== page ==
Lack of an education is one of a multitude of barriers that those coming out of jail or prison face. A college degree may seemingly be out of reach for many ex-offenders, but not those who participate in San Francisco State University’s Project Rebound.
This innovative program has a long history and a bright future as a blueprint for similar endeavors elsewhere.
It was founded in 1967 by John Irwin, who, after a five year stint at Soledad Prison, went to college, earned a PhD and became a noted sociologist and San Francisco State professor. He also saw the need to create a means of helping other ex-offenders get — or complete — an education post-release.
Program has helped hundreds
With the vision of turning former prisoners to scholars, Project Rebound, now part of Associated Students Inc., the student government organization, has helped hundreds of formerly incarcerated people earn four-year degrees.
In the past eight years alone, since current Executive Director Jason Bell took over, more than 100 people have graduated from San Francisco State and more than 300 have been admitted as part of the program. Getting into San Francisco State is not easy for many applicants, but it can be especially difficult for those just out of prison, since they may have a lot of gaps in their educational experience.
Part of special admissions
To help them, Project Rebound acts as part of a special admissions program. “They have admissions assigned to special caseloads,” Bell says. “We do additional advocacy for our students, just like is done for athletes and international students. Sometimes, if the person is outright denied at first, we can fight for them.”
In fact, that happens quite a lot, he adds. He and his staff of four – all formerly incarcerated themselves — recruit potential students by visiting local jails and prisons like San Quentin, where they talk to inmates and distribute fliers.
The program has become so well known that Bell says they get letters from every prison in California and also from some out of state, since California is sending some of its prisoners to out-of-state facilities in the name of population reduction.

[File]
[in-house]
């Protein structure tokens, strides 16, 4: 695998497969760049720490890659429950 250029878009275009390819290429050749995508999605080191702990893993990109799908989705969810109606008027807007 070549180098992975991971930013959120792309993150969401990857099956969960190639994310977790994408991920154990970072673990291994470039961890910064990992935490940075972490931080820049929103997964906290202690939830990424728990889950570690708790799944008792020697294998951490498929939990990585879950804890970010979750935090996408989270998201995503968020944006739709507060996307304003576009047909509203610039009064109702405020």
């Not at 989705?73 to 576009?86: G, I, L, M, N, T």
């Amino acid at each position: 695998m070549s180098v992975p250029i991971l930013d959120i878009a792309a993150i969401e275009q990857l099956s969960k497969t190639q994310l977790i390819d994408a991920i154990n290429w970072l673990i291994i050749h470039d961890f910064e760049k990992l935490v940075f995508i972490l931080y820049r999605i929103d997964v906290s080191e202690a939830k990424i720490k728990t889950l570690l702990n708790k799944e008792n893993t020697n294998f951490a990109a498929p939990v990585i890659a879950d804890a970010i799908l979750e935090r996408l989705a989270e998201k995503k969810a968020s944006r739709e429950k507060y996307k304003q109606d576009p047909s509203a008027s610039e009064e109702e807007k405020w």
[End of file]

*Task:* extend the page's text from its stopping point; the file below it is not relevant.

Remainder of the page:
Sometimes Bell’s staff corresponds with prisoners for years before they get out, helping them prepare the way for their future education. “Many of them can go straight into San Francisco State within months, or within the same year, of getting out,” he says. Once the program participants are admitted to S.F. State, they get special assistance with such things as lunches and BART (Bay Area Rapid Transit) passes, as well as $200 for books, all thanks to grants from such outside funders as the Columbia Foundation and the Registry Foundation.
Interns work one-on-one with Project Rebound students
S.F. State student interns – 40 in the second semester of 2013 – work one-on-one with Project Rebound students to help them navigate the system when they’re new and connect them with tutors and other services to help them succeed.
Although due to a lack of resources, the program does not offer any job placement, but Bell says that recently he’s been getting emails from ex-offender friendly employers who are interested in allowing people a fair chance at employment.
Over its nearly half century of existence, Project Rebound has changed the lives of more people than it can count. And it will achieve an even wider reach by assisting other colleges that want to launch similar programs. Bell and his team helped New Jersey’s Rutgers University establish a program about five years ago, and are working with Cal State University Fullerton and San Diego State University on a similar effort to help formerly incarcerated individuals in southern California get a college education. For more information contact:
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